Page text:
When we compare both and analyze them, we can see that recall is considered to have a higher level of memory performance. For example, if a consumer is able to recall a brand outside of a store, when he is presented with a product category, then he can most surely recognize the brand, when he is exposed to it in a store.

We want consumers to think about our brand when they are thinking about the category, before they go to the store.

Especially for online stores and services, generally recall is needed first, which is why the advertising for different shopping websites focuses a lot on their names and website addresses (Brand recognition v Brand recall, 2011).

High recall indicates stronger brand position in the mind of the consumer. At a higher level, we have the recall. And the recalled brand is the brand, which comes first to the mind (Brand Recall – A Brand Building Concept, 2011).

In my opinion brand recognition and brand recall are important, but it is better to have a high recall and be a niche brand, than to have a high recognition and be a graveyard. Because if we have a high recall, it also means that consumers will first think about our product, for example Audi or Honda. But with recognition, we know that we have seen this brand before, but it is not important where. Important is that we are a little familiar with it. Therefore, with brand recognition, we would remember that we encounter a certain brand, but with brand recall, if somebody would ask us, What is your favourite car, we would instantly answer Honda.

To conclude, if you can connect logo of Nike with Just do it, that is brand recognition, but brand recall would be that when we are driving to the mall and we want to buy shoes, we instantly think about Nike and the model Air Max for example.

REFERENCE

  1. Aaker, David A. (1996). Building strong brands. New York : The Free Press, cop., Pages 380.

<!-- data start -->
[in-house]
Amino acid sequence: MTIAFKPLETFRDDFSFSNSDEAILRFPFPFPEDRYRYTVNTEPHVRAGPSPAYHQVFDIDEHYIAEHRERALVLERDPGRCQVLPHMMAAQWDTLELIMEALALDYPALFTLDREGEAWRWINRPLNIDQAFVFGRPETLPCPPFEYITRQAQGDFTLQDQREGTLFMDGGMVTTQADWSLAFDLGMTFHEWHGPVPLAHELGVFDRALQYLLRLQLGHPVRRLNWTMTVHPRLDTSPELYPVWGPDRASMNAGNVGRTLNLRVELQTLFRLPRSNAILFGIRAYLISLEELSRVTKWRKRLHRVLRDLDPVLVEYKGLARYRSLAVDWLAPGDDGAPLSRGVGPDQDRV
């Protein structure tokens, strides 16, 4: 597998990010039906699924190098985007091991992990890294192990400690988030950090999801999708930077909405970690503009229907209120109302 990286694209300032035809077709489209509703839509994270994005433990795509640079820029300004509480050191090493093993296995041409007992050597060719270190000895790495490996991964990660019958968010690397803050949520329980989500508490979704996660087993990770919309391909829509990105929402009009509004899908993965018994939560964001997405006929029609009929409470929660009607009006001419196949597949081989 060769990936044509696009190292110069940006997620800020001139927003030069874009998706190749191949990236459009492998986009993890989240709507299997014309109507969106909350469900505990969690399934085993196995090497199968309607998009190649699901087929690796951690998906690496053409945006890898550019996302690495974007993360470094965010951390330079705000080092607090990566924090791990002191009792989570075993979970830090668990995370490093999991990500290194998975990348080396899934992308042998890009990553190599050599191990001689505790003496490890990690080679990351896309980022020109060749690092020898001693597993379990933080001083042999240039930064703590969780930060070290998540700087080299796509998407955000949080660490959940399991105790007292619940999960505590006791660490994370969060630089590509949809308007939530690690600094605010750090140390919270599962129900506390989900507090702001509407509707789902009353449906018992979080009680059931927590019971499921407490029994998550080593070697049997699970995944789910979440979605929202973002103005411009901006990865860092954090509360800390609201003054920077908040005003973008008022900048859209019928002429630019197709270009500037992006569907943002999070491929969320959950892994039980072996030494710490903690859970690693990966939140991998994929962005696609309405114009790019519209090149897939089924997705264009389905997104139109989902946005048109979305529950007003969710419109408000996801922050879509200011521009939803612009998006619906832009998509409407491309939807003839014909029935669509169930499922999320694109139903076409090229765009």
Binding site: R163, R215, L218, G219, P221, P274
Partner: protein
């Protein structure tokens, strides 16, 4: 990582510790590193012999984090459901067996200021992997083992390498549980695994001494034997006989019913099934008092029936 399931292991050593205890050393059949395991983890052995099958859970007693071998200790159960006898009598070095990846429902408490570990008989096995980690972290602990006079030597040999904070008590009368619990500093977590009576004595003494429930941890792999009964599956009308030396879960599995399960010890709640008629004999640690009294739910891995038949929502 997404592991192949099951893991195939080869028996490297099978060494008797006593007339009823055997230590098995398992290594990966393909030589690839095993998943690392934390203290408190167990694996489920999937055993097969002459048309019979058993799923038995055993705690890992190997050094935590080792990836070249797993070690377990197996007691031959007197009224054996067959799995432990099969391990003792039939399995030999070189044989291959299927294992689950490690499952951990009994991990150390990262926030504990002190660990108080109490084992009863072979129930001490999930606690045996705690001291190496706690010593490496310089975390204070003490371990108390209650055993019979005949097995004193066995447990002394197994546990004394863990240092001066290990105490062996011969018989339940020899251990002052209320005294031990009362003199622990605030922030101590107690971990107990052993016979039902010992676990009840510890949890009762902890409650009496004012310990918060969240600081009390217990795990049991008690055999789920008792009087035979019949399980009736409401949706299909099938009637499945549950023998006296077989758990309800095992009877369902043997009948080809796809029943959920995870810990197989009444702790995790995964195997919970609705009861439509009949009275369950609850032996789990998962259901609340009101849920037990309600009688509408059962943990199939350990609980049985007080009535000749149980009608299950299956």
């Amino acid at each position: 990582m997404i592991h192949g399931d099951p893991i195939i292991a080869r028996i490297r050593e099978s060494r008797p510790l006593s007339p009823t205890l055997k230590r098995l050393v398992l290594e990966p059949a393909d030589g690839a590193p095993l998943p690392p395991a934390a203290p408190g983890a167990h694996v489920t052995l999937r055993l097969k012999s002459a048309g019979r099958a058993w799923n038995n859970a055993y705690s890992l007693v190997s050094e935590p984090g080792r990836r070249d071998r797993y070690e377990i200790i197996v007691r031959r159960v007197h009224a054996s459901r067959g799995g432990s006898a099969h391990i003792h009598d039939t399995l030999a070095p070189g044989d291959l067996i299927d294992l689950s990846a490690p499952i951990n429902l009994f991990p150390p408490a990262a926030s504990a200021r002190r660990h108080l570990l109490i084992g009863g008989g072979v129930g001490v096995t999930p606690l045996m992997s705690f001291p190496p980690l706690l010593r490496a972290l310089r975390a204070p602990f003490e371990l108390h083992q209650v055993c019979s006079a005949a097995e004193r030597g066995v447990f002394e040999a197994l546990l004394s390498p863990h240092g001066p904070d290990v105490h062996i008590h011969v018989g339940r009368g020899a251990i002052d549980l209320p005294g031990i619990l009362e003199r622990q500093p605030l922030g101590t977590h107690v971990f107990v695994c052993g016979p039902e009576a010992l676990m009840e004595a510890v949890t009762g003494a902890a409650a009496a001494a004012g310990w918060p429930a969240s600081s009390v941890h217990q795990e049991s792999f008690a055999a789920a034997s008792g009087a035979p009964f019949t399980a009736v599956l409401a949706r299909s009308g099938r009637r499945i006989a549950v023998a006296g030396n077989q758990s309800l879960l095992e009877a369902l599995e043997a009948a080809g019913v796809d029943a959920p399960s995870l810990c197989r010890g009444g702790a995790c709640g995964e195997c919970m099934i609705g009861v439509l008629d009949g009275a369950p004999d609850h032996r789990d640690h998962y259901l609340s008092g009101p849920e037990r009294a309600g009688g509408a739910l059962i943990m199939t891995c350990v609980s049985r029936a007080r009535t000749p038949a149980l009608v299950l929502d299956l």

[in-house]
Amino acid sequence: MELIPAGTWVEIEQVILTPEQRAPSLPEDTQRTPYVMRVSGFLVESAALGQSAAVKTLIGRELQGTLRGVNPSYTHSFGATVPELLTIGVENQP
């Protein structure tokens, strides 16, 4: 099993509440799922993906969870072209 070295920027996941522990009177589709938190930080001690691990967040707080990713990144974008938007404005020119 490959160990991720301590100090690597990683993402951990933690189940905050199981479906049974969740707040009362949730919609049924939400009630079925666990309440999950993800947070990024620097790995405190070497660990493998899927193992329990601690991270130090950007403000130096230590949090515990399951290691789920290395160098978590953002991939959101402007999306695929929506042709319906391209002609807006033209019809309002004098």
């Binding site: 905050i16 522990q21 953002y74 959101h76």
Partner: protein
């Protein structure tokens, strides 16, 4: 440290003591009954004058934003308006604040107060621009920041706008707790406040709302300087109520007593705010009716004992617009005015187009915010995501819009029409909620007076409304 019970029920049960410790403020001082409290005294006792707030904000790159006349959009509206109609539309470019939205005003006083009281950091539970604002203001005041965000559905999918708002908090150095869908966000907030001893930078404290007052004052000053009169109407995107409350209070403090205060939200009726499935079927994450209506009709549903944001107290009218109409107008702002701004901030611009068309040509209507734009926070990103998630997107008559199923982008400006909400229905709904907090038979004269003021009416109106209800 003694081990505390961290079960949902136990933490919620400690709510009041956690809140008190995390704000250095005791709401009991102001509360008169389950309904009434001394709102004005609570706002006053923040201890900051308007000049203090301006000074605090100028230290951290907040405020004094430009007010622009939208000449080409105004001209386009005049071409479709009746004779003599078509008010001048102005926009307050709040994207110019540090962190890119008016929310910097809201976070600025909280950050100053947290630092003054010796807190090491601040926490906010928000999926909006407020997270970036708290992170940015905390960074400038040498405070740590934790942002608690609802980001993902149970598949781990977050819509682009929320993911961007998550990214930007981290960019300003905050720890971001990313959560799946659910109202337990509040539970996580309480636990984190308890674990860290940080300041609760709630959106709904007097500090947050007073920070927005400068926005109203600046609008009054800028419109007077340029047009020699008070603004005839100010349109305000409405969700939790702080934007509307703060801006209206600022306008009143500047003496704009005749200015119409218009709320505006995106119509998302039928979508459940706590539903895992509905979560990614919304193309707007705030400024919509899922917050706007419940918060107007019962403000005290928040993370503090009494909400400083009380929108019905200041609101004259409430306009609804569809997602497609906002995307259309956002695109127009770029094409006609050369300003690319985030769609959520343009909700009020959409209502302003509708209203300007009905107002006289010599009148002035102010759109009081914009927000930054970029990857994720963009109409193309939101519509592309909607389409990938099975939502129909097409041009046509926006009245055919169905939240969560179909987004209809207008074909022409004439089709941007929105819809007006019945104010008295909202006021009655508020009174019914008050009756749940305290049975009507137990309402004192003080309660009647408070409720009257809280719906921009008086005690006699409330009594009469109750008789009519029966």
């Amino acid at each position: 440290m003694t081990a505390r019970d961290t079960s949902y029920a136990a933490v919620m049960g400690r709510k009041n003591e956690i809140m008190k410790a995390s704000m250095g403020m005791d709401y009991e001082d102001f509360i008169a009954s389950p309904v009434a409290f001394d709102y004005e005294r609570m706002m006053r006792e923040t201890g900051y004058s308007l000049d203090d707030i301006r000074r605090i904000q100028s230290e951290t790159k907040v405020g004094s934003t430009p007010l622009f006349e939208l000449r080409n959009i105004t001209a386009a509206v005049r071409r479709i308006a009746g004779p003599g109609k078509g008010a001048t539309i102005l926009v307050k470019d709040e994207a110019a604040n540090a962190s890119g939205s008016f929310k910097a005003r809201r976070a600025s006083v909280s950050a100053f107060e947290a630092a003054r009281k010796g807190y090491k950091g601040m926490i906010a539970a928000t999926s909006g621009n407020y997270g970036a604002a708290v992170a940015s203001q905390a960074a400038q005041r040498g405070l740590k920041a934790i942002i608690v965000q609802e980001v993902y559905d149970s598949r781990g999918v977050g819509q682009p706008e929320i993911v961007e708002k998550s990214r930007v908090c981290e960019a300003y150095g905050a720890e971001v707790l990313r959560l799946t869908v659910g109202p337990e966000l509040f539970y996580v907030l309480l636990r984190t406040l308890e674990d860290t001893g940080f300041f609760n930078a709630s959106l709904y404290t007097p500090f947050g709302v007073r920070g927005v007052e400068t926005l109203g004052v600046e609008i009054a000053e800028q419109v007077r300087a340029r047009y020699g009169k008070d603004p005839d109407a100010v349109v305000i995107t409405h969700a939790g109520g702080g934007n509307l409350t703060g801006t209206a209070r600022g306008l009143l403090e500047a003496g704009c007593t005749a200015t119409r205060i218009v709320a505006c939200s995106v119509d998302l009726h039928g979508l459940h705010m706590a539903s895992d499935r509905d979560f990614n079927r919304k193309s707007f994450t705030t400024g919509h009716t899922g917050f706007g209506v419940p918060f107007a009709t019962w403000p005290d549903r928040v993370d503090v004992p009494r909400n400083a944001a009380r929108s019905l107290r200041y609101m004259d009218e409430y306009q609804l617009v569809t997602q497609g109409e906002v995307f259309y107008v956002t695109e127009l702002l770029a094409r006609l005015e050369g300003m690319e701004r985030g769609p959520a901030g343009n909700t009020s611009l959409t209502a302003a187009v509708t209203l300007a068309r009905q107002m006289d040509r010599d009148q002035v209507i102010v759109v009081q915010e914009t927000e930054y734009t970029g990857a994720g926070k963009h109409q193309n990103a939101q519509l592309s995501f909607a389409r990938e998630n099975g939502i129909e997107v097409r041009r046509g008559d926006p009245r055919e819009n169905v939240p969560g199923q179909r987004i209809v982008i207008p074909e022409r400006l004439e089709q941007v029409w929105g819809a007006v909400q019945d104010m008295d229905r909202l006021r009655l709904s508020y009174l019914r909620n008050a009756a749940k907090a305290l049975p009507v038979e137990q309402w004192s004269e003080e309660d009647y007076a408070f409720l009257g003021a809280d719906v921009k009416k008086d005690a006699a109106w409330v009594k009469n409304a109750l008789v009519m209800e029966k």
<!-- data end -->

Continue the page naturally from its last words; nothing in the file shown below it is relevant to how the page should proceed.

2. Brand Recall – A Brand Building Concept. Retrieved on January 29th 2020 from http://drypen.in/branding/brand-recall-a-brand-building-concept.html;
  3. Brand awareness. Retrieved on January 29th 2020 from http://www.van-haaften.nl/index.php?option=com_content&view=article&id=80%3Abrandawareness&catid=48%3Amerkbeleid&Itemid=70&lang=nl;
  4. Chandon Pierre (2004). Note on Brand Audit: How to Measure Brand Awareness, Brand Image, Brand Equity and Brand Value. Insead, Fontainebleau, pages 16;
  5. Chieng Fayrene Y.L. & Goi Chai Lee (2011). Customers-based brand equity: A literature review. Journal of Arts Science & Commerce, Volume 2, Issue 1, Pages 10;
  6. Google: Brand Recall. Retrieved on January 29th 2020 2019 from http://www.asiamarketresearch.com/glossary/brand-recall.htm;
  7. Google: Brand Recognition. Retrieved on January 29th 2020 2019 from http://www.asiamarketresearch.com/glossary/brand-recognition.htm;
  8. Google: Brand Recognition v Brand Recall. Retrieved on January 29th 2020 2019 from http://www.pauldervan.com/2010/03/brand-recognition-v-brand-recall.html;
  9. Jens Nordfält, Hanna Hjalmarson, Niclas Öhman, Claes-Robert Julander (2004). Measuring consideration sets through recall or recognition: a comparative study. Journal of Retailing and Consumer Services. Volume 11, Issue 5, Pages 321-330;
  10. Kotler, P. & Keller, Lane Kevin (2012). Marketing management. Pearson Education Inc. Prentice Hall, Upper Saddle River (14 edition). Pages 657;
  11. Leah Dew & Wi-Suk Kwon (2010). Exploration of Apparel Brand Knowledge, Brand Awareness, Brand Association, and Brand Category Structure. Clothing & Textiles Research Journal, Volume 28, Issue 1, Pages 16;
  12. Patti M. Valkenburg & Moniek Buijzen (2005). Identifying determinants of young children’s brand awareness: Television, parents, and peers. Journal of Applied Developmental Psychology. Volume 26, Issue 4, Pages 456-468;
  13. What is Brand Awareness. Retrieved on January 29th 2020 http://www.managementstudyguide.com/brand-awareness.htm;
  14. 2.1.4. Brand awareness. Retrieved on January 29th 2020 from http://www.van-haaften.nl/index.php?option=com_content&view=article&id=80%3Abrandawareness&catid=48%3Amerkbeleid&Itemid=70&lang=nl;

Author

Mark Kalin

Achiever, Competition, Futuristic, Maximizer, Significance

Categories

  • Applications
  • Brand
  • Business
  • Education
  • Gaming
  • Generation
  • Innovation
  • Leadership
  • Mark Kalin
  • Marketing
  • Startup
  • Technology
  • VC

Tags